The Arrangement, Australian Dance Artists (July): This little jewel could be seen by invitation only, and I was one of the lucky ones. Prime mover was artist Ken Unsworth, who may be in his ninth decade but has lost none of his zest for the complexities of human existence, often casting an absurdist eye on events. He made a cameo appearance at the beginning of The Arrangement to usher in a series of scenes connected not by any narrative but by themes of love, longing, the passage of time and the cycle of life. The mature ADA dancers were former London Contemporary Dance Theatre artists Anca Frankenhaeuser and Patrick Harding-Irmer and Sydney Dance Company alumni Susan Barling and Ross Philip. The Song Company sang texts by A.E. Houseman, Federico Garcia Lorca, W.H. Auden, Barnabe Googe and Rainer Maria Rilke to Jonathan Cooper’s commissioned music, and it was all very fine indeed. Unsworth finances ADA productions entirely – a great labour of love.

Keep Everything, choreographed by Antony Hamilton for Chunky Move (August): There wasn’t much that was more fun than this. A stage strewn with trash, three incredibly virtuosic and multi-skilled performers, a race through the human story from pre-history to the stars and back again and plenty of stimulating ideas along the way.

American Ballet Theatre, Brisbane (September): Forget Swan Lake; the Three Masterpieces program was the one to see. Jerome Robbins’s Fancy Free was highly enjoyable, but the real treats were Twyla Tharp’s Bach Partita, which was recently revived by ABT after a 28-year hiatus, and Alexei Ratmansky’s Seven Sonatas. Glorious works both.

Trisha Brown Dance Company, Melbourne Festival (October): Trisha Brown was a leading figure in the post-modern dance movement in New York and her influence runs deep. The survey of her work at the Melbourne Festival showed exactly why, but it was far from a history lesson or an academic exercise. Brown’s intellectually rigorous and highly technical dance-making is deeply concerned with the physics and geometry of the body and its relation to the space in which it moves, and her purpose is not to mimic or evoke emotional states. Yet the varied program demonstrated one quality above all that animates the work: intense, soul-filling joy.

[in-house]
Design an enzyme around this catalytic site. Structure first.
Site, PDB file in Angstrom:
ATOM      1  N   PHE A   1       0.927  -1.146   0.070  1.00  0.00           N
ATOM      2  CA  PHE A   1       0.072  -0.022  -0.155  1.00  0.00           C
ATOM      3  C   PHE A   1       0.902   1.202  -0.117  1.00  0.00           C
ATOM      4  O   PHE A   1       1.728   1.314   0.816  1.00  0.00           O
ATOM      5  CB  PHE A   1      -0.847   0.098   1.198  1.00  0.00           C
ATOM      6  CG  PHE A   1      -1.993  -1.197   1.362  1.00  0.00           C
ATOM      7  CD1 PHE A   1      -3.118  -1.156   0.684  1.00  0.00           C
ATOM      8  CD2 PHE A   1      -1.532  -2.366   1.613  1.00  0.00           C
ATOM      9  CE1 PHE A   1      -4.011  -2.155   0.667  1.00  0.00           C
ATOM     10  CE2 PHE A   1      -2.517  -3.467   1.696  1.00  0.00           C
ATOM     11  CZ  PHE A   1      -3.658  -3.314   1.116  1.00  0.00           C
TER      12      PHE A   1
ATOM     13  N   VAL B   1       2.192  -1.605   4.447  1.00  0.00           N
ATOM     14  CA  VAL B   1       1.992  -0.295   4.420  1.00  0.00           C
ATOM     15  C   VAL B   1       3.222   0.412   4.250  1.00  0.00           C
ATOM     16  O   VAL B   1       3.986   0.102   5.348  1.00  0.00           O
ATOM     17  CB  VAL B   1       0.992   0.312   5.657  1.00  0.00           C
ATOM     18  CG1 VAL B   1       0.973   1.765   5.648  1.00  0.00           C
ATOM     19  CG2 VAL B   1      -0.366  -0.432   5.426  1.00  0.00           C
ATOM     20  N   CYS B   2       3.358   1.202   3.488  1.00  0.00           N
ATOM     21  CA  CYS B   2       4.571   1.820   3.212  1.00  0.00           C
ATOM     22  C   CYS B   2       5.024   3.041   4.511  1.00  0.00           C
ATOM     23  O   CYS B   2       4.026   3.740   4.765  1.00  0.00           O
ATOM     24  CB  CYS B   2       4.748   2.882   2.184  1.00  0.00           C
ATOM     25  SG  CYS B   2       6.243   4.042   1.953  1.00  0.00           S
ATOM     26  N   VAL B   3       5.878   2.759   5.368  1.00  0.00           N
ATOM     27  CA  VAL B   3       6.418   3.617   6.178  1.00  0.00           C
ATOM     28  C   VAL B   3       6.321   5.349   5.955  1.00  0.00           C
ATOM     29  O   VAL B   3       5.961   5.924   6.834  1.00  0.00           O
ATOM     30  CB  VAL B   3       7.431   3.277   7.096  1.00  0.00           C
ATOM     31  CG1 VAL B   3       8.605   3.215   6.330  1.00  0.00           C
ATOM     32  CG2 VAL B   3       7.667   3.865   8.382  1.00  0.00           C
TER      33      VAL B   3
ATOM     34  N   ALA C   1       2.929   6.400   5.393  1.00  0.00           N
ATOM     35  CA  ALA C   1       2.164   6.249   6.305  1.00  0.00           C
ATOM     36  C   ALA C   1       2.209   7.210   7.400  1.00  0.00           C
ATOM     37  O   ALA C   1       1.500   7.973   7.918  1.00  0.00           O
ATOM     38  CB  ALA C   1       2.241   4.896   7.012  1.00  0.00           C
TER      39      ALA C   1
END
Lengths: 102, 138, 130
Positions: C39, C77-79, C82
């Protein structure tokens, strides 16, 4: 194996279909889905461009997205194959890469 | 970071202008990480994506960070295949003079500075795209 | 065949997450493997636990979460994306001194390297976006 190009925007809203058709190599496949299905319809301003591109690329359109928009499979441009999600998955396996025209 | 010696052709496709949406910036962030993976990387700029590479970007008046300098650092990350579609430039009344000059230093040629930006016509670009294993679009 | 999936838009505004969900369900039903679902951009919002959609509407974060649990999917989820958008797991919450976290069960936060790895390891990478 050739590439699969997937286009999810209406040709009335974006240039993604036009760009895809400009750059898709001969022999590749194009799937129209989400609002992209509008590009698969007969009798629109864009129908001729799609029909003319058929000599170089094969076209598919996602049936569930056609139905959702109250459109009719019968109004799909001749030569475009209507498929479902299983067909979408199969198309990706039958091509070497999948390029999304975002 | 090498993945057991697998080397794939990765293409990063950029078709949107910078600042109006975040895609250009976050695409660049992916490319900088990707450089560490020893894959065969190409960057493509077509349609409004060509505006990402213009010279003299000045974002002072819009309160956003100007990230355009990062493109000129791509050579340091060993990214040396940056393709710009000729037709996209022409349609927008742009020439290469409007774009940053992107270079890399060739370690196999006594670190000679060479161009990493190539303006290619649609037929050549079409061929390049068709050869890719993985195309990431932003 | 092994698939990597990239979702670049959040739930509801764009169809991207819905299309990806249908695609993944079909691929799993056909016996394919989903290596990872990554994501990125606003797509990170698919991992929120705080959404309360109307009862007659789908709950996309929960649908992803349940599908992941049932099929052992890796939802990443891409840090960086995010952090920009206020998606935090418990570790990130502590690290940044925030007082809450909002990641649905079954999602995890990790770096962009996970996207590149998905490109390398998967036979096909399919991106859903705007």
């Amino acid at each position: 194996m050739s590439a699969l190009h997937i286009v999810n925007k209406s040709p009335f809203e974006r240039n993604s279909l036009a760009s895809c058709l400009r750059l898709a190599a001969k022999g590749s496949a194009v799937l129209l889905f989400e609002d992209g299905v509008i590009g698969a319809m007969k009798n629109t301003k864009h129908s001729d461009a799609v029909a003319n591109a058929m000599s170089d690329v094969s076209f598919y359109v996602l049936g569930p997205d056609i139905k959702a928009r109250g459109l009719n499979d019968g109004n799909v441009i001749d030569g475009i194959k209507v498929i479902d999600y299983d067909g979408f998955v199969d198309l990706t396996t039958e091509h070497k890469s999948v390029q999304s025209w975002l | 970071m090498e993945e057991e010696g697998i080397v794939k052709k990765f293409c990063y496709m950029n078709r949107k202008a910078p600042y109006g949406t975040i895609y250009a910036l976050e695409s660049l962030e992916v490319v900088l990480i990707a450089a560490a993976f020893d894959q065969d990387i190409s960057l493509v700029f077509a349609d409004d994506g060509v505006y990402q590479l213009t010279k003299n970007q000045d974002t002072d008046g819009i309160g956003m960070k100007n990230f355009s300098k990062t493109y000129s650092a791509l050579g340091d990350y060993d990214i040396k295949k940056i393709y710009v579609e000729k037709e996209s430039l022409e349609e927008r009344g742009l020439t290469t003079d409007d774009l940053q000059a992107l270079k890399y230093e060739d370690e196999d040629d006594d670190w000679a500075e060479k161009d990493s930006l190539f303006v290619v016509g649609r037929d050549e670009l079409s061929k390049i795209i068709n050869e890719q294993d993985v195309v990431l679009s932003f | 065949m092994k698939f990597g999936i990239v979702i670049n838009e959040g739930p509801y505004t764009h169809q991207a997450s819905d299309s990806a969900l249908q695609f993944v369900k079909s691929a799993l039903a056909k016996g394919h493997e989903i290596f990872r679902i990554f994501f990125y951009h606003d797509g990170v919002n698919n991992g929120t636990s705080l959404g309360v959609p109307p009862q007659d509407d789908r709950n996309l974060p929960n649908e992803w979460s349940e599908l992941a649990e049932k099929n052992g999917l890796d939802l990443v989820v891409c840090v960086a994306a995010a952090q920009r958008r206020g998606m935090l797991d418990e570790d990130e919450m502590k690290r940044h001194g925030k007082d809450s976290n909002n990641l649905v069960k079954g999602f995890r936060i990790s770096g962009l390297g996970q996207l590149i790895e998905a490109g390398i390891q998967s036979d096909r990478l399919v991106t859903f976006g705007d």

The Nutcracker, The Australian Ballet (November): Peter Wright’s version of The Nutcracker is frequently said to be the most beautiful in existence, and there is a lot of competition. When I see Alexei Ratmansky’s newish production for American Ballet Theatre I’ll get back to you on who is the winner. But quibbles aside, this certainly is a sumptuous-looking production, even if it looks rather cramped on the stage of the Joan Sutherland Theatre at the Sydney Opera House. Even better, it touches the heart.

INTERNATIONAL NOTES:

A highlight of my New York visit early this year was finally getting to see the Jerome Robbins masterpiece Dances at a Gathering, a suite of dances to Chopin piano pieces that has no narrative but is full of connections between the dancers. To see it performed by the company for which it was made in 1969 was a dream come true.

On an all-Balanchine bill at New York City Ballet, Concerto Barocco (1941), was a revelation. Made to the music of Bach’s Double Violin Concerto in D Minor, Concerto Barocco is said to mark the first appearance of Balanchine dancers in practice clothes, something that would become a feature of many works. Here the women are all in white, with a little skirt. Eight women who form a kind of chorus of handmaidens, two principal women and one man move in unison, canon, mirror one another, and enter and leave in response to the music. Poetry and harmony reign and the detail is delicious: at one point the solo man is gently entangled in a thicket of the supporting women; at another he turns a simple promenade of his partner into courtly admiration. Just lovely.

 Tomorrow: The people who mattered

It’s a wrap

Trisha Brown Dance Company

Trisha Brown Dance Company. From All Angles: Pure Movement Program 1, October 23; Early Works, October 26 (afternoon); Pure Movement Program 2, October 26 (evening)

Chunky Move, Complexity of Belonging, October 9

Heiner Goebbels, When the Mountain Changed Its Clothing, October 26 (afternoon)

The Trouble with Harry, October 23 (afternoon)

TRISHA Brown’s dance-making is deeply concerned with the physics and geometry of the body and its relation to the space in which it moves, is intellectually rigorous and highly technical. Her purpose is not to mimic or evoke emotional states. And yet there is one quality above all that animates the work: intense, soul-filling joy.

A selection of Early Works – mostly from the 1970s, most performed in silence – held an audience spellbound on a beautiful Melbourne afternoon as the Brown company did balancing things with lengths of wood (various Sticks pieces), used one another as counterweights (Leaning Duets), were arranged and rearranged around the space without missing a beat (Group Primary with Movers) and, with a complete lack of showiness, revealed the virtuosity in the apparently simple (Accumulation, Spanish Dance). The dancers, who wore plain white trousers and tops, were barefoot, warm, sweet, composed and serene. The program lasted only an hour but time seemed to be suspended. It was an unforgettable, radiant experience that took us to the bedrock of Brown’s art.

An archival image of Spanish Dance. Photo: Babette Mangolte

An archival image of Spanish Dance. Photo: Babette Mangolte